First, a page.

THOMAS MANN, The Magic Mountain

I want the dead to be dead. Forever. And I want to be one of them. Except that of course you can't be one of them. You can't be one of the dead because what has no existence can have no community. No community. My heart warms just thinking about it. Silence. Blackness. Aloneness. Peace. And all of it only a heartbeat away.

CORMAC MCCARTHY, The Sunset Limited

Hell strives with grace for conquest in my breast.
What shall I do to shun the snares of death?


Them that die will be the lucky ones!


Death is better, a milder fate than tyranny.

AESCHYLUS, Agamemnon

Let every man in mankind's frailty
Consider his last day; and let none
Presume on his good fortune until he find
Life, at his death, a memory without pain.

SOPHOCLES, Oedipus Rex

Death commences too early--almost before you're half acquainted with life--you meet the other.


They are carnal both of them, love and death, and thus their terror and their great magic!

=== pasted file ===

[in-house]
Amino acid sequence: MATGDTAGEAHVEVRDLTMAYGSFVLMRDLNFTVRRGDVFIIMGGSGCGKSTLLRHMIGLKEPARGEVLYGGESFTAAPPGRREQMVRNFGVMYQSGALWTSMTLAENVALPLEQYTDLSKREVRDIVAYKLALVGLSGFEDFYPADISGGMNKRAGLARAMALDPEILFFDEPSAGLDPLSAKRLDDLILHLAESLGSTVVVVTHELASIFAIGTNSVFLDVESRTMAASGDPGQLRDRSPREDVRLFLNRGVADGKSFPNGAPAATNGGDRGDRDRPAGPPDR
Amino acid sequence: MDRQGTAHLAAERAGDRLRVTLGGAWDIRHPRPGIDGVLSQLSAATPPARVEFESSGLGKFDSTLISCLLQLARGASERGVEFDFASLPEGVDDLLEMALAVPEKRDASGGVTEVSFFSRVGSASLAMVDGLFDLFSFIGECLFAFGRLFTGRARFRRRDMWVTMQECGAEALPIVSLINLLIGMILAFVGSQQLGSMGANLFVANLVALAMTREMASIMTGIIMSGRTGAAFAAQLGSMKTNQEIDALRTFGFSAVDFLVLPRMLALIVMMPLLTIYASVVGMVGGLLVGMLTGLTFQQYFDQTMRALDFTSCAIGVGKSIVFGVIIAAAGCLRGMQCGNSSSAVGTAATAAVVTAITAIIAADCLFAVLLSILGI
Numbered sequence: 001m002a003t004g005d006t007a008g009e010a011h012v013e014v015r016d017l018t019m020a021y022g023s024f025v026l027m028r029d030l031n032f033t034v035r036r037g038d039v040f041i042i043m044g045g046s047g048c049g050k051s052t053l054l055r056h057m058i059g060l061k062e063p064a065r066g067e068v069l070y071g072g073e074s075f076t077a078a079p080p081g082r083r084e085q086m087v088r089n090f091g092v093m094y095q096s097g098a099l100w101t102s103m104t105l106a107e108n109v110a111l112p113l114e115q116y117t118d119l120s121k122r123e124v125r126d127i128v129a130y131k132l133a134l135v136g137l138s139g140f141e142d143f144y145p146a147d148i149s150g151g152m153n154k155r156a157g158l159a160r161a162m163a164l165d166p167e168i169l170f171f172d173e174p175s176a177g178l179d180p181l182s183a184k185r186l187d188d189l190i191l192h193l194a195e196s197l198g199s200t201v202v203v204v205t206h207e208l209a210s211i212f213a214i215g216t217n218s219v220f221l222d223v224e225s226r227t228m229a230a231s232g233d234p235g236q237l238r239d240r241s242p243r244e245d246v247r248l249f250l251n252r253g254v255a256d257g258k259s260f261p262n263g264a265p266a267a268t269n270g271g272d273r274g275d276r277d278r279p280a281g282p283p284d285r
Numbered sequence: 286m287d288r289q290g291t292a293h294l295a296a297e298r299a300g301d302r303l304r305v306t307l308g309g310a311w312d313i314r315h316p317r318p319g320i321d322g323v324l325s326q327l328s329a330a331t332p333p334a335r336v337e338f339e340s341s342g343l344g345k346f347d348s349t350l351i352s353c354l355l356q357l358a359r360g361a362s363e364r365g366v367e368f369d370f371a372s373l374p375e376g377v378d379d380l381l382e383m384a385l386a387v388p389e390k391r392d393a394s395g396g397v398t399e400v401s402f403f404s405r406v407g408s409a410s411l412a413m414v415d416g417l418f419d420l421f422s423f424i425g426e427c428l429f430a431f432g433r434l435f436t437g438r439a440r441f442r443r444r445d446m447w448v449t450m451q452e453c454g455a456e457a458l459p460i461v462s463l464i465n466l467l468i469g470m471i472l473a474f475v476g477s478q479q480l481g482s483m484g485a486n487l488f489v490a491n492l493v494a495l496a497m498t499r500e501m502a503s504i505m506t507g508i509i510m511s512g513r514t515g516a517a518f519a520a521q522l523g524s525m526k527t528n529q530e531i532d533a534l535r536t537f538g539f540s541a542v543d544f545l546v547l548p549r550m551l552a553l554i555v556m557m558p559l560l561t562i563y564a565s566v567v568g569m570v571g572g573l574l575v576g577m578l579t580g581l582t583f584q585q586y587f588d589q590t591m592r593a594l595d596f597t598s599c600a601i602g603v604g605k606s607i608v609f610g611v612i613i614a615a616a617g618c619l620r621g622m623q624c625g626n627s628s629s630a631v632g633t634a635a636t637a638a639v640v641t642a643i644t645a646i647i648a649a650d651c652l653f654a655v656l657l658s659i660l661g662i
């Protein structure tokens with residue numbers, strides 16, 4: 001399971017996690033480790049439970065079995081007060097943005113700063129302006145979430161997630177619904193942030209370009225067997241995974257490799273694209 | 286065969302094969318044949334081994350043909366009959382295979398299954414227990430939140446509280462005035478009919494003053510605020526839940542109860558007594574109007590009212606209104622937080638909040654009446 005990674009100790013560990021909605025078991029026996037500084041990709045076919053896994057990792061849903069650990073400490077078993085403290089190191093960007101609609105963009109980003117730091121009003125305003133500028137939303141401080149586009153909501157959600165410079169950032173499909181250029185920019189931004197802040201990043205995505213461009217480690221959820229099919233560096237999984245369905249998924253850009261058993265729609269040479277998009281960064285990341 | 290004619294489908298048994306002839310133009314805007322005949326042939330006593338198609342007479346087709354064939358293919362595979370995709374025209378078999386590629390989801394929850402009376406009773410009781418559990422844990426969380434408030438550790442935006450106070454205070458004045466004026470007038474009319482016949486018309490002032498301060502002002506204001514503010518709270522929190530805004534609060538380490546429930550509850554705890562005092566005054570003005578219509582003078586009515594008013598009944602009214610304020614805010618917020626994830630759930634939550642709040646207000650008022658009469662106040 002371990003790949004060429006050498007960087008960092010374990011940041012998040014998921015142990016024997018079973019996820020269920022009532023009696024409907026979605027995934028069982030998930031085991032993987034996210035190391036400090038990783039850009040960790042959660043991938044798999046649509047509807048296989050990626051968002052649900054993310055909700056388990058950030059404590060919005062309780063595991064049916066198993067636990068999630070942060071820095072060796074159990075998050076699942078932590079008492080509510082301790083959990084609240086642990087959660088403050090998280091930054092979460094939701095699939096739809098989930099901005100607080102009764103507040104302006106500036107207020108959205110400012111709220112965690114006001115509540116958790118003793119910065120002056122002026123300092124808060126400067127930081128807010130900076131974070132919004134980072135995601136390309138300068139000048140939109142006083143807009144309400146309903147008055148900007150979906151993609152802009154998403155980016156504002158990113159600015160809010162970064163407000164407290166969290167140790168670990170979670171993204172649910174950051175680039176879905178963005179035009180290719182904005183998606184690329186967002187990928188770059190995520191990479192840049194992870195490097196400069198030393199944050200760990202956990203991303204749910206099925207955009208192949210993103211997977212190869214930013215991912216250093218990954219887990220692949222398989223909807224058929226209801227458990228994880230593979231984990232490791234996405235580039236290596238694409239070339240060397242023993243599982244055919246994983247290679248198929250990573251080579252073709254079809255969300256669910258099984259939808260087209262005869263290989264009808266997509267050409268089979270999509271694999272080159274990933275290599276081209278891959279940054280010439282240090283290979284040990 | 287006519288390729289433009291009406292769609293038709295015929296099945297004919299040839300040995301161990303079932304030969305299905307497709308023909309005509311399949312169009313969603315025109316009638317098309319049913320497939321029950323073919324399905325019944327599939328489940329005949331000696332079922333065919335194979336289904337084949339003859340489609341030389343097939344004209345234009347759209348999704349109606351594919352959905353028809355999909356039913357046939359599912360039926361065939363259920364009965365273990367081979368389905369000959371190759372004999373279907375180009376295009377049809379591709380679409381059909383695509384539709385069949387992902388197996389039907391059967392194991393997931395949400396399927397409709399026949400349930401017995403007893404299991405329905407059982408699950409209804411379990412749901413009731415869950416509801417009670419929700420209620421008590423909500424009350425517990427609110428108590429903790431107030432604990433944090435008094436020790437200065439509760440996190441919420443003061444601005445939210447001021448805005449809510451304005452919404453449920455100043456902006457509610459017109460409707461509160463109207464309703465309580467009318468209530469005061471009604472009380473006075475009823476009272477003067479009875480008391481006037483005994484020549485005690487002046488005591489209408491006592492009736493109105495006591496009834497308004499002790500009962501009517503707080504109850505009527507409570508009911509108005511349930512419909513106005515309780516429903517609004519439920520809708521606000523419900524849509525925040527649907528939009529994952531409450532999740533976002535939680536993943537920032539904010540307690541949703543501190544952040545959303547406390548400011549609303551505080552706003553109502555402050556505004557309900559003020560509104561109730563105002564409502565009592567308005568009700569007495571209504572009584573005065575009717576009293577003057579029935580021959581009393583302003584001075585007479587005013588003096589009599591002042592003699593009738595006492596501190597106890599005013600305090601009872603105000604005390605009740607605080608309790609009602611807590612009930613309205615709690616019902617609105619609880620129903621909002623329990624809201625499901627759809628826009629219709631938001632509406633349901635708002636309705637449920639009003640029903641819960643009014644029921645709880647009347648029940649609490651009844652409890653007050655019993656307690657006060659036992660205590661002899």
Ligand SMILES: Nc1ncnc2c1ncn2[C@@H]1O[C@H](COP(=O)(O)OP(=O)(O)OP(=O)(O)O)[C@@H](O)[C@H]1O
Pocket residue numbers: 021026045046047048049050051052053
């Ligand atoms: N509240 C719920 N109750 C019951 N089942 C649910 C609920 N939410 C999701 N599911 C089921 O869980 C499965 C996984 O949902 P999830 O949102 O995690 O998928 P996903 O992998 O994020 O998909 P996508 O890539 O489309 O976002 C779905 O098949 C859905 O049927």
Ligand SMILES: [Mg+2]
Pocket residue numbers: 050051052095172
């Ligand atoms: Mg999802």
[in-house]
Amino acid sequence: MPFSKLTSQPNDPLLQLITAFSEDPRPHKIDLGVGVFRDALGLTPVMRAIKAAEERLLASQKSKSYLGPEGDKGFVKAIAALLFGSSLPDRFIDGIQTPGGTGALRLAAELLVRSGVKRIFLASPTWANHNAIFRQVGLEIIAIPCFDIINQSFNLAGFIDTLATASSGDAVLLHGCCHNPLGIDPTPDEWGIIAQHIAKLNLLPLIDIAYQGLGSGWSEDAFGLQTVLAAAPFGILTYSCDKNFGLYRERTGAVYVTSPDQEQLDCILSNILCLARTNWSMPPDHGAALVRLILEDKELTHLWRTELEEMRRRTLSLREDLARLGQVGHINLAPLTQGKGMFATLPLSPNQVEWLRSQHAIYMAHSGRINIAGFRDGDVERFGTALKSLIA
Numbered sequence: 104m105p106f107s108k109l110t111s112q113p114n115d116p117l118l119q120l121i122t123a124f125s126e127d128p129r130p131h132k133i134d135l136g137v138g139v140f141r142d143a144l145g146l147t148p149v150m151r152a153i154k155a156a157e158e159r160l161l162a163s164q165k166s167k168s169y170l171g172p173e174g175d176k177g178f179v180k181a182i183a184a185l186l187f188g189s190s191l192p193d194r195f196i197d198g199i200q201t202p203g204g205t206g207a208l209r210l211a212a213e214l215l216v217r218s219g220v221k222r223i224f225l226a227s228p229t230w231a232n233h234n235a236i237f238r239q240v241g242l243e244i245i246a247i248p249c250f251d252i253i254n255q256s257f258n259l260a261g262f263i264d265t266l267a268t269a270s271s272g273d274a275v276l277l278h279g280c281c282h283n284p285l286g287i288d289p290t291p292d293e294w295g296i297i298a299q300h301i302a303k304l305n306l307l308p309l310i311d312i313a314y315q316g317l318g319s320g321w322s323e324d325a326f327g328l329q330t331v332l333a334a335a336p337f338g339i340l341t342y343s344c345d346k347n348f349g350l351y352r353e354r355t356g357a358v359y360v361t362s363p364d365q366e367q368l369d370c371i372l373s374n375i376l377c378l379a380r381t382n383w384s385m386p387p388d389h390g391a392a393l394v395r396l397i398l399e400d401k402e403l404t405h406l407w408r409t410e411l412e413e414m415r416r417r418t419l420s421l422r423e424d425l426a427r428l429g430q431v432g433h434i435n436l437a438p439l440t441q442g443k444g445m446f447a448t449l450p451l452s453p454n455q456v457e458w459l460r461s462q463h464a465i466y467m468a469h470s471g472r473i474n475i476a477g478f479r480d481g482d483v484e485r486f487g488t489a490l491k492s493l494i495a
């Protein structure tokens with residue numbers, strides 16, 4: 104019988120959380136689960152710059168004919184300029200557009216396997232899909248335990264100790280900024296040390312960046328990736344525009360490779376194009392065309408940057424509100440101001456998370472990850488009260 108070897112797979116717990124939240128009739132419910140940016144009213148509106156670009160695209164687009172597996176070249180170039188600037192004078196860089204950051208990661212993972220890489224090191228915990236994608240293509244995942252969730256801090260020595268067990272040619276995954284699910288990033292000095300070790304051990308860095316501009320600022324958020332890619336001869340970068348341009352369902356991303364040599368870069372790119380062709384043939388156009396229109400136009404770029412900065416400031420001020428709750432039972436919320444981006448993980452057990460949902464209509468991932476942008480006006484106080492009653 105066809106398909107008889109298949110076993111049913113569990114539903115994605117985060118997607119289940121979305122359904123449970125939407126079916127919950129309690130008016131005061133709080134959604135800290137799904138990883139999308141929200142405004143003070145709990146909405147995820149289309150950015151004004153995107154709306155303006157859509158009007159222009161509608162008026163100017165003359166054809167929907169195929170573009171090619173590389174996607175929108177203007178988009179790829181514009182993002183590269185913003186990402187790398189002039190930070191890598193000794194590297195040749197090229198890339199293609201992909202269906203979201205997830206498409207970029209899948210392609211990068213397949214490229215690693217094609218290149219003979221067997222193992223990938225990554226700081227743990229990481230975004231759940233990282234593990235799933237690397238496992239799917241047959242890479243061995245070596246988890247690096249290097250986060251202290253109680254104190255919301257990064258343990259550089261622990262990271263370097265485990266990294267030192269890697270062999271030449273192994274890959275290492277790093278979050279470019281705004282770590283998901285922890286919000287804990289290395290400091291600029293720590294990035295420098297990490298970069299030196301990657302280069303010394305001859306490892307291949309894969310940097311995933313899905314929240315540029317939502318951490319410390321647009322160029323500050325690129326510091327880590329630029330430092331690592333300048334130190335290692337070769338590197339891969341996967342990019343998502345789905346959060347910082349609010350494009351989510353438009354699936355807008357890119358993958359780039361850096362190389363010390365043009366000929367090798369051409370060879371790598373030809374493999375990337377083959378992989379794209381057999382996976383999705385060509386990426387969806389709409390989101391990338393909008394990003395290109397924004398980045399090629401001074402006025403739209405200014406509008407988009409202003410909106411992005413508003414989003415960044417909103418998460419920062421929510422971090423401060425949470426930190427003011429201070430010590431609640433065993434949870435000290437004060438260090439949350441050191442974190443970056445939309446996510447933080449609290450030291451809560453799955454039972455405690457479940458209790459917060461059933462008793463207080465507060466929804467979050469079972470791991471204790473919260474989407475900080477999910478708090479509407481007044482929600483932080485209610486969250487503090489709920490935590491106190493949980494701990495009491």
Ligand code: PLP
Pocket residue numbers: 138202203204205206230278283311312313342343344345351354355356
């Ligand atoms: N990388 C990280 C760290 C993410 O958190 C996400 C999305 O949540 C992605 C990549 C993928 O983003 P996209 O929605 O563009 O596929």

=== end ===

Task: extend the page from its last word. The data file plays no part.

THOMAS MANN, The Magic Mountain

Understand death? Sure. That was when the monsters got you.


And as to you Death, and you bitter hug of mortality, it is idle to try to alarm me.

WALT WHITMAN, Leaves of Grass

Boy, when you're dead, they really fix you up. I hope to hell when I do die somebody has sense enough to just dump me in the river or something. Anything except sticking me in a goddam cemetery. People coming and putting a bunch of flowers on your stomach on Sunday, and all that crap. Who wants flowers when you're dead? Nobody.

J. D. SALINGER, The Catcher in the Rye

Nothing in his life
Became him like the leaving it; he died
As one that had been studied in his death,
To throw away the dearest thing he ow'd,
As 'twere a careless trifle.


But the great leveler, Death: not even the gods
can defend a man, not even one they love, that day
when fate takes hold and lays him out at last.

HOMER, The Odyssey

Each of us must expect an end of living in this world; let him who may win glory before death: for that is best at last for the departed warrior.

To the well-organized mind, death is but the next great adventure.

For it would be better to die once and for all than to suffer pain for all one's life.

AESCHYLUS, Prometheus Bound